Our growth projects are taking hold. We have a number of projects underway that will help to increase our available capacity substantially over the next few years. I am pleased to report that all our strategic growth projects are well on track.
Our Polysilicon project, Poly 7, is progressing better than planned.
The Solar joint venture with Schott will reach 120 megawatts of capacity at the end of this year already. We just opened the new fab in Jena, as you may have seen.
The integration of the newly acquired APP business should help our Polymers business achieve close to EUR 1 billion in sales this year.
The Singapore Samsung joint venture is shipping qualification wafers, and it's testing its line. I can tell you today that the first reports on these wafer tests are excellent. And the official inauguration of the plant will take place on June 19.
The Dow Corning joint venture in Zhangjiagang is on track with its siloxane production.
Wacker is steadily building on its core competencies. These are advanced process and production technologies as well as an integrated approach to our businesses and a dedicated commitment to productivity. Coupled with a strong background in chemistry and a proven internal engineering capability, we have demonstrated that we can manage demanding chemical operations with difficult materials and that we are able to get these things done on time and on budget. This gives us strength and defines our portfolio well.
Please remember Wacker is the only company globally with a [verbund] structure in silicon ranging from polysilicon to silicates and silicones. Productivity improvement in our silicones and silicates production have helped to mitigate the effect of increasing raw material costs in silicone by increasing yields.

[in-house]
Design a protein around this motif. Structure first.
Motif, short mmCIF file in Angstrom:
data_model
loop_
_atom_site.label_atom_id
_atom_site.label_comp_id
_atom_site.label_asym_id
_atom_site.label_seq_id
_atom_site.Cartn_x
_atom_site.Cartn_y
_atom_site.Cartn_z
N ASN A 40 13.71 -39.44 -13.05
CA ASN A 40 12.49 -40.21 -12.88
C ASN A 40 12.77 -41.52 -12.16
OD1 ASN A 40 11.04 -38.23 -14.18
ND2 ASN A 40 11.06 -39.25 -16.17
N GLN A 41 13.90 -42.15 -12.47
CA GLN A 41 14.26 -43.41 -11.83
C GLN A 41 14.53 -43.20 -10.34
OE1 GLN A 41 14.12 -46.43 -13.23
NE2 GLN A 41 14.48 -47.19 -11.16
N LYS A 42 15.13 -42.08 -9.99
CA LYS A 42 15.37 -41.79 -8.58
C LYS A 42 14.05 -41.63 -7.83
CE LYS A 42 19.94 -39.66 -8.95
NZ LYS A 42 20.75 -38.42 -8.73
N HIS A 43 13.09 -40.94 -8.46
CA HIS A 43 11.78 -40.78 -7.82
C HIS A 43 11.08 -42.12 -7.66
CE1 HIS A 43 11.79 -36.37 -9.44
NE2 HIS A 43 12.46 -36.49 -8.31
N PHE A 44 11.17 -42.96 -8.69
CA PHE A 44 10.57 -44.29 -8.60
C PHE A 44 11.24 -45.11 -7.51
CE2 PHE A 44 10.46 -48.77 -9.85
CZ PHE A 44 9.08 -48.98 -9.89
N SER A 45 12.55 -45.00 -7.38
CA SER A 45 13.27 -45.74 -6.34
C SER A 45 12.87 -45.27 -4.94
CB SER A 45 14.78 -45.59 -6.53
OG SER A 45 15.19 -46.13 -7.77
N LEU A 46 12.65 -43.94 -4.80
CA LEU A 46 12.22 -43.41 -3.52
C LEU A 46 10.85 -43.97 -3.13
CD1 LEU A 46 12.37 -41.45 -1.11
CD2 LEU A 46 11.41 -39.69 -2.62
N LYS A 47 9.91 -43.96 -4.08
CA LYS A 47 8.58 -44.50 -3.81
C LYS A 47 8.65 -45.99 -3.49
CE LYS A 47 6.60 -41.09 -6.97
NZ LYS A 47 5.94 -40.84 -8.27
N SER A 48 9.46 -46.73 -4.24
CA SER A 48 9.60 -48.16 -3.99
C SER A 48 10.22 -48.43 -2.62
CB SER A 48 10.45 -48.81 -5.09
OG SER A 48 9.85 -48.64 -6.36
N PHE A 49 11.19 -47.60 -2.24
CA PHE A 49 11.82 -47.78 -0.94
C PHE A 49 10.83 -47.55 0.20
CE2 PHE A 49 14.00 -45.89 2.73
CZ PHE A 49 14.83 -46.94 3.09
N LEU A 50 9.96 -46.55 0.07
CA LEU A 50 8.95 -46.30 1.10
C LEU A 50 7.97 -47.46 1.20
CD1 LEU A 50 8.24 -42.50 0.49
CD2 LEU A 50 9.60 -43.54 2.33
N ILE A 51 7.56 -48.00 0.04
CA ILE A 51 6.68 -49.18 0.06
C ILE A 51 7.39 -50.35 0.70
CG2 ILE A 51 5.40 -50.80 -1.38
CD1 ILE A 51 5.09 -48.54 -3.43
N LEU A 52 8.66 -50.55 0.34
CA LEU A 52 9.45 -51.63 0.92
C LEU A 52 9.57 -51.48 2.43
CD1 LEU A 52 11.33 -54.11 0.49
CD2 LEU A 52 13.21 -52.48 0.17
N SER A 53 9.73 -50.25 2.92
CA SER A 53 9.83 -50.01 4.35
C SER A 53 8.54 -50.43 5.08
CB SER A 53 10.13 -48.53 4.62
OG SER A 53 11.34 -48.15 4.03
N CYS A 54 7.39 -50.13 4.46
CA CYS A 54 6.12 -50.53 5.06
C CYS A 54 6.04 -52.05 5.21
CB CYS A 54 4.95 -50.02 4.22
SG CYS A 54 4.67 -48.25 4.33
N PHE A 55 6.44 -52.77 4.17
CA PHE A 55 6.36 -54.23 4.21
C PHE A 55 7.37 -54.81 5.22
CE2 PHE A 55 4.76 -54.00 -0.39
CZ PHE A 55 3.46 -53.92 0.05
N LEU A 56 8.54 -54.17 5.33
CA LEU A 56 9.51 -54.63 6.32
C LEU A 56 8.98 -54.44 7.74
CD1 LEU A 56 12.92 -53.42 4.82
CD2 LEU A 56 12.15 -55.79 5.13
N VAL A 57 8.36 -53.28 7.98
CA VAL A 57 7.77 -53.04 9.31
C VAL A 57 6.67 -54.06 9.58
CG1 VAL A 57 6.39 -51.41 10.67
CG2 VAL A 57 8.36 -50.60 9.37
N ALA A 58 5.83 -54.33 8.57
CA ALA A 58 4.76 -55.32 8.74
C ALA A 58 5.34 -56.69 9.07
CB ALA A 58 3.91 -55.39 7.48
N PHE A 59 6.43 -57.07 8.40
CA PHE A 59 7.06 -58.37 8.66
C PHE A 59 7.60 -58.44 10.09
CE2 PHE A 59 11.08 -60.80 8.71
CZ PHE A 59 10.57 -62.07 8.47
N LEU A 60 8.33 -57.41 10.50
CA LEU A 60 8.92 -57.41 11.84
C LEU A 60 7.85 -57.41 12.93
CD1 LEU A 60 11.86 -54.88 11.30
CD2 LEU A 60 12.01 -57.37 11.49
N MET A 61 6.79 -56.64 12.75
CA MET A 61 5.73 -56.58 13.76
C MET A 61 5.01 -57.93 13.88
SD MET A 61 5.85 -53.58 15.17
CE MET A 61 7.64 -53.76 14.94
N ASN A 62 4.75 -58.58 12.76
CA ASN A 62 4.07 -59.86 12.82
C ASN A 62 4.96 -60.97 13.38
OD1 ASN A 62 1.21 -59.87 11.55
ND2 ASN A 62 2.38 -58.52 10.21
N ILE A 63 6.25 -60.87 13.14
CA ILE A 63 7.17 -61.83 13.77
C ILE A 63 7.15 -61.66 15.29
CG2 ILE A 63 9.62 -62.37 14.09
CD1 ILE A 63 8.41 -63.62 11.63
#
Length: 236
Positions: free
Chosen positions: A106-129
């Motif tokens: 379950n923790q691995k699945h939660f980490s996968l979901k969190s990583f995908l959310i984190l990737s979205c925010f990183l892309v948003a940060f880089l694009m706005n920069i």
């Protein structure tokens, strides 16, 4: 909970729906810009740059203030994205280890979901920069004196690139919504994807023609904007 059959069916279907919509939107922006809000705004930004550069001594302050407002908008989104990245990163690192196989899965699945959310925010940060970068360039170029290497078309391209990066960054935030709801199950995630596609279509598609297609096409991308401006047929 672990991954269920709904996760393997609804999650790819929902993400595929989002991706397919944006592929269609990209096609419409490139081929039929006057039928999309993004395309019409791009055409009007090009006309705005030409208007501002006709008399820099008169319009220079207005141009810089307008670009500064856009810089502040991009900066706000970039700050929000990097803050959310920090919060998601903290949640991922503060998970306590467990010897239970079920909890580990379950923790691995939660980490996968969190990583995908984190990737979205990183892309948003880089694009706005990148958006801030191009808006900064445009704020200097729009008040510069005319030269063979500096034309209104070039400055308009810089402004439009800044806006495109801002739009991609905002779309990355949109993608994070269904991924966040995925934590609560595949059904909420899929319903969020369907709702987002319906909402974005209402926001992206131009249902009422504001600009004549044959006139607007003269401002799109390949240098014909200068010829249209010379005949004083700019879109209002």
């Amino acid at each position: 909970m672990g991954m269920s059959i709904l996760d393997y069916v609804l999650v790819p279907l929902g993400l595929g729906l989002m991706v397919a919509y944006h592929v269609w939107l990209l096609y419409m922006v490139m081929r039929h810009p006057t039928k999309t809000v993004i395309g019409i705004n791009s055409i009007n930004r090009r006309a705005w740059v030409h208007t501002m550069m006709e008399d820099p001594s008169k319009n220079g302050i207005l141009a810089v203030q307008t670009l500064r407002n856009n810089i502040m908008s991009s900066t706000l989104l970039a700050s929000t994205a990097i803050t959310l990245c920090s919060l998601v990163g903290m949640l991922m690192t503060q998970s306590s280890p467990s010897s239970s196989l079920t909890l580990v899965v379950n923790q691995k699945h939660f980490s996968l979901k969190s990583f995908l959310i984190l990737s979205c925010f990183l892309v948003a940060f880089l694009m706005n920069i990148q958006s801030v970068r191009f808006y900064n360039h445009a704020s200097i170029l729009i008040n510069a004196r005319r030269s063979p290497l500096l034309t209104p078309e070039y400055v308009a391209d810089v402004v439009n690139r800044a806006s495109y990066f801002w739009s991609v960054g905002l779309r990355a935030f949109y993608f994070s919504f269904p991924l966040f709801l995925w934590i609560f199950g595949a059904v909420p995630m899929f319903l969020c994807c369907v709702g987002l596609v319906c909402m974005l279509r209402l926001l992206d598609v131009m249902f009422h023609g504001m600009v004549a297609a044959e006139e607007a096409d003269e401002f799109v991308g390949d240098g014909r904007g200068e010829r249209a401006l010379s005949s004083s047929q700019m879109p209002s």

A culture of permanent optimization and a strong engineering focus will allow us to accelerate the completion of our Poly 7 plan. We are now working to advance our Poly 7 ramp, similar to the accelerated start of the Poly 6 unit, which came in three months early. And I'm confident that we can achieve this acceleration.
Also, I would like to confirm today that we are not going to stop building world-class, cost-leading polysilicon units after reaching 22,000 tons. We have started the site selection process for a new polysilicon facility. Decisions on size and exact timing are expected within the next 12 months.
Now let me touch on the question of polysilicon supply and demand again. Many have asked us if metallurgical silicon in our view is a viable substitute for polysilicon in solar applications. Let me put it this way. The samples of metallurgical silicon that we have received have not been satisfactory. The material may be used in plants, but what we have seen is not a full-fledged alternative to hyper-pure polysilicon. High cell efficiency requires hyper-pure material. After all, it's about the generation of electricity.
Another question is - Will this material or other capacity additions impact the supply/demand ratio for polysilicon. We think no. We would, actually, welcome a loosening of the very tight supply/demand balance. Also, we don't see it happening before 2012. In our view, additional materials …